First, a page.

Beverage Companies Form Lobby Group to Counter Criticism in India
"Lobby Will Lower Health and Safety Standards"
For Immediate Release
July 8, 2010
San Francisco: Beverage companies in India, led by
Coca-Cola and Pepsico, have formed an alliance to counter the growing
campaigns against the beverage industry.
The Indian Beverage Association (IBA) has been formed to "create a
singe point of interaction with the Indian government" and will serve
as a lobbying organization modeled after the American Beverage Association
(ABA), according to media reports.
"Whether it is health issue or the pollution issue, soft drink companies
are the softest targets right from activists to government regulators.
So it's high time they that they came together," Arvind Varma, secretary-general
of the IBA told the India Today group.
The IBA is expected to work on a number of critical issues facing
the beverage industry currently in India, including the growing challenge
from farmers objecting to water use by beverage companies, particularly
in water stressed areas, water pricing, pollution, food safety, public
health issues, marketing to children, labeling, misleading claims
in advertisements and taxes.
Campaigns across India have forced regulators in India to take positions
on these issues, and regulators are often ill prepared to regulate
the industry. As beverage companies expand their markets and production,
conflicts are rising and demands for strict enforcement of regulations
continue to grow.
Coca-Cola and Pepsico have been the target of campaigns accusing the
companies of depleting water resources and pollution. One of Coca-Cola's
largest bottling plants in India has been shut down by the government
since March 2004. Pepsico was ordered in March this year to reduce
its water usage at its plant in Kerala by 65% because of depleted
The companies and their products have also come under attack by activists
in India and globally for the adverse public health impacts, particularly
obesity and related health problems. The India Resource Center is
gearing up with allies to challenge the nutritional double standards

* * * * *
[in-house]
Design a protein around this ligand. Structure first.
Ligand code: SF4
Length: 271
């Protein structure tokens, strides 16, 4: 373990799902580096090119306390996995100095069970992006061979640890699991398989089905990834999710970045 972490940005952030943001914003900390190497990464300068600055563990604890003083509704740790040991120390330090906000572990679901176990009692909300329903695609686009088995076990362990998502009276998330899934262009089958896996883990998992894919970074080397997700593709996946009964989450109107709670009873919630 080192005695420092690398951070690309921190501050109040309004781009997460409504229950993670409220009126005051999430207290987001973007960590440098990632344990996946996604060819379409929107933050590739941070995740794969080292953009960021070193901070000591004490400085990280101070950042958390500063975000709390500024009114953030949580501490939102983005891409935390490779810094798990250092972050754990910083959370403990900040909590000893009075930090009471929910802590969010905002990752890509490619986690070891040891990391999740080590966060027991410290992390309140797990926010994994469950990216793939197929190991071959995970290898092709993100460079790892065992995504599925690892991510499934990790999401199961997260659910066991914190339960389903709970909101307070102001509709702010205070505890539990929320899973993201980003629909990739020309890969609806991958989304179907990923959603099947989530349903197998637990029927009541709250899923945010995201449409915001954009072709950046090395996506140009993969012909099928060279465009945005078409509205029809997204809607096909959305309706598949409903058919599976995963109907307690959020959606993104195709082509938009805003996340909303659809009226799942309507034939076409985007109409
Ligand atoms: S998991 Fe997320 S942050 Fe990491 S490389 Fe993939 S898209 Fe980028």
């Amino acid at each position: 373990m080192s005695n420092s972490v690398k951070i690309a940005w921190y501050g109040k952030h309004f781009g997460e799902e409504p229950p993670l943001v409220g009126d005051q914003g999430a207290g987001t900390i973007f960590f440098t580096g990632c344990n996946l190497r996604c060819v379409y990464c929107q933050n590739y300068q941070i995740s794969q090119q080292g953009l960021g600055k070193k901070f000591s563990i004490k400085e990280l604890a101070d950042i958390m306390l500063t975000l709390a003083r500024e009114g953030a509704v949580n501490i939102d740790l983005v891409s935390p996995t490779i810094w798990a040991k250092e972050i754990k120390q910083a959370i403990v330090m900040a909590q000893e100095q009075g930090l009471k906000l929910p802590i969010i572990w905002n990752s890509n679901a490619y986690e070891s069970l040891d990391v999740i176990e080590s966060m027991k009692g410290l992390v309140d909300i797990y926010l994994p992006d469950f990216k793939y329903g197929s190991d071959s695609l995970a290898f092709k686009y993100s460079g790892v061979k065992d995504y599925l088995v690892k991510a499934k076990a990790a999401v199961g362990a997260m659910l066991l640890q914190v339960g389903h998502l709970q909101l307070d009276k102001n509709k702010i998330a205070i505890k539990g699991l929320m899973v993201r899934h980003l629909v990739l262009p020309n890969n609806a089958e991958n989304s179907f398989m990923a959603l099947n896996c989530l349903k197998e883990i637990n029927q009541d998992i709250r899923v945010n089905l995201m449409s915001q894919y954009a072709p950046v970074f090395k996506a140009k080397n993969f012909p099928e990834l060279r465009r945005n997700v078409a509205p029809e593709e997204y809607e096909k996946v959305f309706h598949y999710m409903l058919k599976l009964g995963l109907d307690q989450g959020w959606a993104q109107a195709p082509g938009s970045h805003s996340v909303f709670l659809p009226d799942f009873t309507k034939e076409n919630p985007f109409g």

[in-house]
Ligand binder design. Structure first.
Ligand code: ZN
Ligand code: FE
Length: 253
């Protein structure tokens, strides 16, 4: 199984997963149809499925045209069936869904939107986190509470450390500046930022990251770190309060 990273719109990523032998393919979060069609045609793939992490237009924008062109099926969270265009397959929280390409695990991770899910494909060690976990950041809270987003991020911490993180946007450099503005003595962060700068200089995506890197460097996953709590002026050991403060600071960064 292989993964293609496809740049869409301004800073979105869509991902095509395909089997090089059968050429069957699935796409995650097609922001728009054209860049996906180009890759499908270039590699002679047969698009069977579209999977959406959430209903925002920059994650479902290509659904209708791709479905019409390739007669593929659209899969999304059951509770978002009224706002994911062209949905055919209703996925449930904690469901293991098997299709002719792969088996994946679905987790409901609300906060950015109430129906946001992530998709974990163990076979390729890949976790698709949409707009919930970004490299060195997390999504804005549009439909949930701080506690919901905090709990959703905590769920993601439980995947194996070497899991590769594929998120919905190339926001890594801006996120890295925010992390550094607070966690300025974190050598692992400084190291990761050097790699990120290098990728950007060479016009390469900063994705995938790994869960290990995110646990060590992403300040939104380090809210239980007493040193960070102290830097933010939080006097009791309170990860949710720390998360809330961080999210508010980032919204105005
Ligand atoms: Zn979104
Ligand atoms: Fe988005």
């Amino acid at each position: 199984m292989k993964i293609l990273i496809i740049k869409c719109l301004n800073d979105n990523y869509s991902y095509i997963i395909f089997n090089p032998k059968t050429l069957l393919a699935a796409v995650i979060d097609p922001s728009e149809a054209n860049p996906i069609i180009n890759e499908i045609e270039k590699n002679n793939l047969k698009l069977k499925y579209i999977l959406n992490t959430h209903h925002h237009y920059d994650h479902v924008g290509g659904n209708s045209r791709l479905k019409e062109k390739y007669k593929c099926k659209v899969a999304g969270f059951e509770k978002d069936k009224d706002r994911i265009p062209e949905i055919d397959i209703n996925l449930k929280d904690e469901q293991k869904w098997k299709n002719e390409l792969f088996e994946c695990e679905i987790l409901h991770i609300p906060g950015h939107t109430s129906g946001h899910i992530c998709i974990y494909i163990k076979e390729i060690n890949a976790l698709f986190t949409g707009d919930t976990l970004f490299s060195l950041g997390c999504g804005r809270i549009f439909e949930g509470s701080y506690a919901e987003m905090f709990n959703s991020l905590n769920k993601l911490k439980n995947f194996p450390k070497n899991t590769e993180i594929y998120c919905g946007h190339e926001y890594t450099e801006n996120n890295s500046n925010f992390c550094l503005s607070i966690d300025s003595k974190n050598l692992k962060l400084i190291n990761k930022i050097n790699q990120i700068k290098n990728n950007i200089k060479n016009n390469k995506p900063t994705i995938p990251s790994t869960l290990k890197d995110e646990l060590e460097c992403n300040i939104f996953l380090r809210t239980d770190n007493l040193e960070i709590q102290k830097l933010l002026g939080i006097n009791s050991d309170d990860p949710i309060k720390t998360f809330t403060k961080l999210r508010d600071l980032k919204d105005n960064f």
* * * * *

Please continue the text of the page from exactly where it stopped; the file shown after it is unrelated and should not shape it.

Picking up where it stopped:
of the food and beverage industries in India.
"While Coca-Cola and Pepsico products are being regulated out of the
marketplace in the US and Europe for health reasons, these companies
are aggressively marketing the same products in India and China. Such
a double standard must be challenged. The health of Indians and Chinese
are as valuable as the health of Americans and Europeans," said Amit
Srivastava of the India Resource Center, an international campaigning
The formation of the Indian Beverage Association does not bode well
for the Indian public, especially if it is modeled after the American
New York Times reported on July 2, 2010 that the "American
Beverage Association spent $9.4 million in the first four months of
the year to oppose New York's soda tax." "All but $120,000 went to
Goddard Claussen," a public relations firm which ran a slick media
campaign "ignoring academic studies showing that sugar-sweetened beverages
are a big source of excess calories in the American diet."
The state of New York had proposed a penny-an-ounce tax on soft drinks
to offset the public health care costs from obesity.
"The Indian Beverage Association is a lobbying group that will influence
the government to lower standards for protecting our communities,
our environment and our health. Instead of India having the highest
standards to protect the public interest, the IBA will push for the
lowest standards. This is not a good thing for India," said R. Ajayan
of the Plachimada Solidarity Committee, a statewide organization in
Kerala campaigning against Coca-Cola.
Dabur, Tetra Pak, Pearl Drinks, Bengal Beverages, Red Bull, Jain Irrigation
Systems, Bisleri International, Parle Agro, Amul and Godrej are other
companies expected to join the IBA, according to the Economic Times.
For more information, visit www.IndiaResource.org
Amit Srivastava, India Resource Center +1 415 336 7584 (US)
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